Brightness: Magnification, Objectives, Exit Pupil
Brightness is a more complicated subject than one might think— it even involves your own eyes.
Magnification is typically 7X, 8X, 10X. Generally speaking, the higher the magnification, the narrower the field of view. And to get the same brightness, higher magnification binoculars become much larger and heavier.
A magnification of 7X or 8X is relatively easy to hold steady. A magnification of 10X starts to get the “shakes”, for me at least; it takes some effort to hold things steady. Specific applications have specific needs, but for most users, a 7X wide view binocular with good eye relief will feel luxurious, so I would trend to that unless you really need 8X or 10X.
While 10X is very appealing in some ways, it can be too difficult to use for long, unless perhaps with image stabilized binoculars (not tested).
Objective size — raw light gathering power Permalink
The objective size (in millimeters) determines the raw light gathering power of the binocular. This is the size of the entrance pupil, which is essentially the diameter of the front lens element of the binocular.
An 8 X 42mm binocular has 42mm objectives, 7X32 has 32mm objectives, etc. It’s an area thing, so 42mm objectives collect 72% more light than 32mm, and 50mm objectives collect 2.4 times more light than 32mm objectives. That’s about 1.3 stops in photographer-speak.
That extra brightness is of no consequence during the daytime (except perhaps for being too bright), because pupils are contracted. But it makes all the difference in low-light conditions, up to a point.
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Binoculars with the same specifications might in fact behave quite differently: the optical glasses used, along with the lens coatings can result in a quite different viewing experience.
Good optics are expensive, and indeed specialty glass such as fluorite needed to build top optics is itself very expensive. Only with the best optical glass will color, contrast and brilliance be high, and the optical path must be assembled with high precision.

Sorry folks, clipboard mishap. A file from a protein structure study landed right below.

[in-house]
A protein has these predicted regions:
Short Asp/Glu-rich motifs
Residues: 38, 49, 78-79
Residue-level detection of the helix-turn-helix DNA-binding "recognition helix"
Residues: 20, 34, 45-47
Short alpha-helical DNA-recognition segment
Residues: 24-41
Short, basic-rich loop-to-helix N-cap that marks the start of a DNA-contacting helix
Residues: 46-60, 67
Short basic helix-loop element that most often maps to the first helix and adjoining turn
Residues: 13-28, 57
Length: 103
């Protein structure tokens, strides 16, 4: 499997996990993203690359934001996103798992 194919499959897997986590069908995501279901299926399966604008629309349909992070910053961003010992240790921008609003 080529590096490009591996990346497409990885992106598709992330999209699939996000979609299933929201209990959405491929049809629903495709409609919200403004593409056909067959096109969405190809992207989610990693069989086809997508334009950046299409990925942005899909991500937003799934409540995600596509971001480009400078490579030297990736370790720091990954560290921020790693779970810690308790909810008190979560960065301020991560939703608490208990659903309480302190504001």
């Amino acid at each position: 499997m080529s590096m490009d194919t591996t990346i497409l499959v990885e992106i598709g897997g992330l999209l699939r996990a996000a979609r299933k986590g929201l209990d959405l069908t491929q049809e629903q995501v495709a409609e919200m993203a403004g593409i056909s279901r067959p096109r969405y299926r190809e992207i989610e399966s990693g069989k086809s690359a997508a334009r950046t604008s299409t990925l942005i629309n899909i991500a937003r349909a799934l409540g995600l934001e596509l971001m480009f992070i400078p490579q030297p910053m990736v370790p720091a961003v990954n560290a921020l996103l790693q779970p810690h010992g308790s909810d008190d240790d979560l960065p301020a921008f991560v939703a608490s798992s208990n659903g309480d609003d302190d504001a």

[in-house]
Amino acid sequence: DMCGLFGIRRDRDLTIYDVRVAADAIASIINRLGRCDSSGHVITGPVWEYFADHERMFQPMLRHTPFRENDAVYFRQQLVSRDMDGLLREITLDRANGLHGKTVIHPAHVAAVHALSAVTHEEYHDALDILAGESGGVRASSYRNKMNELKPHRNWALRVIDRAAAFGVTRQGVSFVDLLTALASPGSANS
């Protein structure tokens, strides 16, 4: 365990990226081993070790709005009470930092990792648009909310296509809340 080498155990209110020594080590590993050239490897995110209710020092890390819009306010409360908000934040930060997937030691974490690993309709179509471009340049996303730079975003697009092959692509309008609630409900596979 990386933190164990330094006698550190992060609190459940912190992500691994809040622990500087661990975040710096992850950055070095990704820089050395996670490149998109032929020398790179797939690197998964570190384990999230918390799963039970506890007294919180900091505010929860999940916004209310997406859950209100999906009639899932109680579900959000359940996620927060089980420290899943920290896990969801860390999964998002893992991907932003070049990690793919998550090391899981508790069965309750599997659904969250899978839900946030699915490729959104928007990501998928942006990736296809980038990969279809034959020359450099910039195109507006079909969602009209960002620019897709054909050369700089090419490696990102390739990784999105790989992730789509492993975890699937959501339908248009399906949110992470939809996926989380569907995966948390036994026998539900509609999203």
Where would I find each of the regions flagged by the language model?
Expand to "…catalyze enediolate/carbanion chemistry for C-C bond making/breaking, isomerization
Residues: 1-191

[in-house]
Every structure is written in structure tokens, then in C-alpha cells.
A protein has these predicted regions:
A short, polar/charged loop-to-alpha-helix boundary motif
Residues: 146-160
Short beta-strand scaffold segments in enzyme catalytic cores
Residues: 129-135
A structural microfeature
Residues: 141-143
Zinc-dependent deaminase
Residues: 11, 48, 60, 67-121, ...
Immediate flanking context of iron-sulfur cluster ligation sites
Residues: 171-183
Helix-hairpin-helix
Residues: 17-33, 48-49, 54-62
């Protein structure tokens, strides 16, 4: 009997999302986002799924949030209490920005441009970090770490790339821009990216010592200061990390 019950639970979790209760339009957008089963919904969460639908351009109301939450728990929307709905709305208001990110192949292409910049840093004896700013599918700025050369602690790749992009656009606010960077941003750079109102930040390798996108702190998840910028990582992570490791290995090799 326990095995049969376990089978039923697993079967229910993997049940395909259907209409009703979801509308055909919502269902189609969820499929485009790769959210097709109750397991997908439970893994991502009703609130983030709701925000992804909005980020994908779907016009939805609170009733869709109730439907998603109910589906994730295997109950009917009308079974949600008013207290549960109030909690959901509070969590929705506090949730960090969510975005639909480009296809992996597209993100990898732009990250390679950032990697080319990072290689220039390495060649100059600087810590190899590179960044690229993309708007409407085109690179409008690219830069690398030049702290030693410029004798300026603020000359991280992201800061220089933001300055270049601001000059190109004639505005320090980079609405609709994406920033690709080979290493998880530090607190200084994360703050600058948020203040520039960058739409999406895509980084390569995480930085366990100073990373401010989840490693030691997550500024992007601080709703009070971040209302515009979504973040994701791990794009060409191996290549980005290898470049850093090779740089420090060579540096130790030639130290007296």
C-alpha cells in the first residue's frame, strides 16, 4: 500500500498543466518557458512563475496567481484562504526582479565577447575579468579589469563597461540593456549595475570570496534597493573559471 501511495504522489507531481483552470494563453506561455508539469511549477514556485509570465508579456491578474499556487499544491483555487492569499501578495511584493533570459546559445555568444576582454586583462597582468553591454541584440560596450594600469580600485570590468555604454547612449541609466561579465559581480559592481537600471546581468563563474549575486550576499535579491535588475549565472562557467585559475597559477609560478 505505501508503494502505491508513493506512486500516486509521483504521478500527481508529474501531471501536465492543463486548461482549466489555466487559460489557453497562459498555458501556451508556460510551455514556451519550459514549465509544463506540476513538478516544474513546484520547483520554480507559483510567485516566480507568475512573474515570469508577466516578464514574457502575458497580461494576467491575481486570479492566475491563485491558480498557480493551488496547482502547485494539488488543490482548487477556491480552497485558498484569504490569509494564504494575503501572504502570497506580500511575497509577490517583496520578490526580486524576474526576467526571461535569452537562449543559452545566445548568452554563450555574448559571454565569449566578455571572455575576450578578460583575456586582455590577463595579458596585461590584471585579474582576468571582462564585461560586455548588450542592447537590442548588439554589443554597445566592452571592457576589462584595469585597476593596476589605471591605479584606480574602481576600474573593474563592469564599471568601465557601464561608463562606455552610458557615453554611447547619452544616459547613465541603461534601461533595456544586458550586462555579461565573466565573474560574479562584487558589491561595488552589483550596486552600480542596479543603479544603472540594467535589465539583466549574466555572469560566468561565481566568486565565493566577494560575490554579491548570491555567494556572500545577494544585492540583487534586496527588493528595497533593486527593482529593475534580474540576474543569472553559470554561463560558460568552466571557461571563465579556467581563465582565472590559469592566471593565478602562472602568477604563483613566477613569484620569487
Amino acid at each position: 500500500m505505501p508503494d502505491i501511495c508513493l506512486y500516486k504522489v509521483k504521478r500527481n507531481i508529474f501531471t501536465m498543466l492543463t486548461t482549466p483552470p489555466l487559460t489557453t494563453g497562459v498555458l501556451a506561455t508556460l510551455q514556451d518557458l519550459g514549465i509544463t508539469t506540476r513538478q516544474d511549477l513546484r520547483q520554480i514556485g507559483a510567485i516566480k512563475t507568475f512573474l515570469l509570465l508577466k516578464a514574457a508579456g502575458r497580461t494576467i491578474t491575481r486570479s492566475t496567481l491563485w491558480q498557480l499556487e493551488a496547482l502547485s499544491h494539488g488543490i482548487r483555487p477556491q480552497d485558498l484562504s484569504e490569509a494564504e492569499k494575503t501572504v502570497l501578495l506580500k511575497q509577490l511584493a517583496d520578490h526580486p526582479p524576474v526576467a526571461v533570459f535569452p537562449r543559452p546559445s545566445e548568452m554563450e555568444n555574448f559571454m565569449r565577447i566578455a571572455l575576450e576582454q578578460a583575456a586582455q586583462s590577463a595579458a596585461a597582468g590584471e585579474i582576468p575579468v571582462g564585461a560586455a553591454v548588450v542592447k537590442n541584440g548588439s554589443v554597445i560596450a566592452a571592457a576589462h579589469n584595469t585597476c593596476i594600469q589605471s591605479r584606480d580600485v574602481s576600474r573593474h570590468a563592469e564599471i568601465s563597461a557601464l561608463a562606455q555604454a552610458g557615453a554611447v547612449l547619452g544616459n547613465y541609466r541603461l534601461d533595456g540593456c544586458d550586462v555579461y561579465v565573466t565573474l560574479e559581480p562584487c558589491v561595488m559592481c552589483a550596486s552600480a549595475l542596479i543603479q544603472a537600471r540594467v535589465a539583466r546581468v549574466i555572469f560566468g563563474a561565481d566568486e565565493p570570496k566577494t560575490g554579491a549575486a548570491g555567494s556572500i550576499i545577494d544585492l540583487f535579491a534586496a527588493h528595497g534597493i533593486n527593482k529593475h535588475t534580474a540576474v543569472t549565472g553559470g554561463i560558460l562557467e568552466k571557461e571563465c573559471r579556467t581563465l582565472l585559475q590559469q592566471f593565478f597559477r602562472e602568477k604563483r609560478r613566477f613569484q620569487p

Exit pupil — your age matters! Permalink
The exit pupil is a simple calculation based on the magnification and objective size:
exit pupil size = objective size (mm) / magnification
An 8 X 42 binocular has a 5.25mm exit pupil, a 7X50 has a 7.1mm exit pupil.
But there is a twist—
In other words, buying 8X56mm binoculars might result in an image no brighter than 8X42mm binocular for older users.
For example, if you’re 60 years old, your pupils might not be able to dilate more than 4mm or so. A binocular with a 6mm exit pupil is shining more than half the light onto the iris of that eye!
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My middle-aged (40's) eyes apparently can still dilate reasonably well. I tested the following binoculars at dusk:
- Zeiss 8X32 Victory FL, 4.0 mm exit pupil;
- Leica 8X42 Geovid, 5.3 mm exit pupil;
- Fujinon 7X50, 7.1 mm exit pupil;
The Leica 8X42 binoculars helped me see into the shadows much more easily than the Zeiss 8X32’s. This is expected, my pupils at my age should still be able to take advantage of a 5.25mm exit pupil.
The Fujinon 7X50 binoculars further improved the shadows over the Leica 8X42 Geovids, but the difference was not as great between the 8X42 and 7X50 binoculars. At night when the eyes make a further accommodation to dark, there might be more of a difference.
Based on this testing, I’d estimate that my pupils can dilate to around the 6mm range. But I suspect that my eyes do not dilate to the full 7.1mm afforded by the Fujinons.
—Lloyd Chambers, diglloyd.com